Editor’s note: This is the third article in a new column from restaurant expert Monte Silva. More on the series can be found here. The first story, on Why Underpaying Restaurant Employees is a Recipe for Disaster, is here. The second, on Why Marketing is Not Expensive, is here.
I recently listened to Simon Sinek speak about leadership. And he said something very profound. He said the job of the leader is not to be “IN CHARGE,” but to “CARE FOR THE PEOPLE IN THEIR CHARGE.” I posted the video on my LinkedIn page immediately. That phrase has been continually popping up in my head. These recurring thoughts led to another thought.
Actually, it was more a few questions. Even though Sinek’s video was not about restaurants, my thoughts were restaurant focused.
My questions were, why don’t most restaurant corporate people think this way about caring for the people in their charge?
Why do most people at the corporate level of a restaurant company spend their days sending hundreds of emails to the restaurant operators expecting immediate responses?
Why do most restaurant executives spend their time trying to catch restaurant operators doing something wrong?
Why do most restaurant corporate people micro-manage their people?
In Simon Sinek’s video, he goes on to say the reason why leaders focus on being in charge is because they are not leaders, they are managers. They are managers because they once worked in a restaurant and at some point, proved to someone else that they should be promoted. These new corporate executives knew how to do the jobs of the people they were now IN CHARGE of but no one taught them how to lead. So these people became managers, not leaders.
I spoke at this year’s Bar & Restaurant Expo in Las Vegas this past March about this very thing. One of the points I shared was that one of the differences between managers and Lladers is that we manage processes and we lead people. We don’t manage people. Managing people is baby-sitting. Managing people is micro-managing.
So, what’s the solution? How do we change the corporate hierarchy that has been in place for the last 50 years? What mindset and perspective do we need to alter?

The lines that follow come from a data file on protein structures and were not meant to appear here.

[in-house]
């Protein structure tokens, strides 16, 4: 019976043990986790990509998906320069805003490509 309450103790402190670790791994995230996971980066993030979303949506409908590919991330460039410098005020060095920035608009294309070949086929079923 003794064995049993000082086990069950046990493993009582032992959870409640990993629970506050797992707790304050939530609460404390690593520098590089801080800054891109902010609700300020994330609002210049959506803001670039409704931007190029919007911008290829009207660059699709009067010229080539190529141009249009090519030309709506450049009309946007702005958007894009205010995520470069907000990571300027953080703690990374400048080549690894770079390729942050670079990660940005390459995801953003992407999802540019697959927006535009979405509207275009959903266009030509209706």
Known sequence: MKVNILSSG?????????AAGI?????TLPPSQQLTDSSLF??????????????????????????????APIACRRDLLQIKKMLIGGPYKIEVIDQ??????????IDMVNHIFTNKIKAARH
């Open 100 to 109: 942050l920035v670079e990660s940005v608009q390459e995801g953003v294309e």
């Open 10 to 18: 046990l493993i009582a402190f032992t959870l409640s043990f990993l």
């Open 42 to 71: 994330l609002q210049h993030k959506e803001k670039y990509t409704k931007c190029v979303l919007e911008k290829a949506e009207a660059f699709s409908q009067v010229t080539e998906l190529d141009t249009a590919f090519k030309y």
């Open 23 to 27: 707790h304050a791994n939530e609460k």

To come up with the answer, I started asking myself, “who were my favorite bosses and what attributes did they have in common with each other that I admired and responded well to?” Then I asked, “who were my least favorite bosses and what personalities and traits did they have that drove me crazy and that I didn’t respect?”
The bosses whom I respected and enjoyed working for supported me. They looked for ways to encourage me, develop me, and challenge me. They were leaders. They focused on people, not tasks.
The bosses whom I didn’t respect or enjoy working with were managers. They sent a ton of emails demanding immediate attention as a way of proving they were doing something. They added work to my schedule by asking for reports they could have put together themselves. They were always trying to catch me doing something wrong. They micromanaged me. These managers focused on tasks, not people.
So, what’s the answer? Here’s a mind-blowing thought: What if we flipped the 50-year-old model upside down? What if the restaurant corporate office became the support center?
What if the mindset and role of the corporate office changed from being in charge at the top to being the bottom rung?
Instead of this model: Corporate Office—Restaurant Managers—Employees—Guests
We changed to this model: Guests—Employees—Restaurant Managers—Support Center
If we could start a movement where this became the prevailing thought, imagine the impact we would have on our guests and our people. There would be no “catching people doing something wrong,” no BS reports and special projects, no micro-managing. Imagine how great we would become. Imagine how great our people would become. Imagine how great our restaurant experiences would become if the front-line people were supported instead of being extorted.